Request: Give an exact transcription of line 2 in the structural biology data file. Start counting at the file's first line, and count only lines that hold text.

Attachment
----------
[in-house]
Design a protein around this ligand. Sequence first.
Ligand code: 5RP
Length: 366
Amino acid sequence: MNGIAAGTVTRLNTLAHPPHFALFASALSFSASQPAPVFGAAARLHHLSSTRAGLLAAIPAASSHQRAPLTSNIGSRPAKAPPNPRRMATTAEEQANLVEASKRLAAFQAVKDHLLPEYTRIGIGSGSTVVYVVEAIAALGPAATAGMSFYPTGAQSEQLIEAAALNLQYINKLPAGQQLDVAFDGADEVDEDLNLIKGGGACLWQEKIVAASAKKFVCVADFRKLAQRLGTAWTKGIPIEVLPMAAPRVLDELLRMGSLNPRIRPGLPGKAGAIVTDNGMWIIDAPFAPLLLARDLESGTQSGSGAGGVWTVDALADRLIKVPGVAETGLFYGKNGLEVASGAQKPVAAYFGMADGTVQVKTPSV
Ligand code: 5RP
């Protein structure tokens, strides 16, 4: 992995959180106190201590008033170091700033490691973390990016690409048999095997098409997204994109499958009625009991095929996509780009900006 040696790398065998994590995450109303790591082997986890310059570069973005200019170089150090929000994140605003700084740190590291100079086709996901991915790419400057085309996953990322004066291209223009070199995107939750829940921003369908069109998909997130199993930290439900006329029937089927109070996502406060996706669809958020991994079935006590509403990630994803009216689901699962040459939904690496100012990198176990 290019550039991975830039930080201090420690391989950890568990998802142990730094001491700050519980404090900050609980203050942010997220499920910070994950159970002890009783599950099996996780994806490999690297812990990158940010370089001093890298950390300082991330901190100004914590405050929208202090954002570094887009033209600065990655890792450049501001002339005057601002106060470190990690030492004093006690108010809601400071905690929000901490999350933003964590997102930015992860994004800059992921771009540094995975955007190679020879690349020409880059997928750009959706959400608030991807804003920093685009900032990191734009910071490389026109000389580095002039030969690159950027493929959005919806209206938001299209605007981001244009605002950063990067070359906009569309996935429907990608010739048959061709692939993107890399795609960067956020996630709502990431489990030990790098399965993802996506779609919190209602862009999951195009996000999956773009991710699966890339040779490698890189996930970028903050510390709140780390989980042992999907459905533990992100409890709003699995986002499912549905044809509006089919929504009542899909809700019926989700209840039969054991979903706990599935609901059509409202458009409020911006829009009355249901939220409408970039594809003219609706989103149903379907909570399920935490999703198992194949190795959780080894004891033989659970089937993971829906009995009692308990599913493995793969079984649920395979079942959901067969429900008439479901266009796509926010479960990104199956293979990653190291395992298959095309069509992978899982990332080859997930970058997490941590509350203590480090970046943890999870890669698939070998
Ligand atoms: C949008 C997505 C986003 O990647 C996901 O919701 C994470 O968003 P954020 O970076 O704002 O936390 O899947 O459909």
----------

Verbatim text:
Design a protein around this ligand. Sequence first.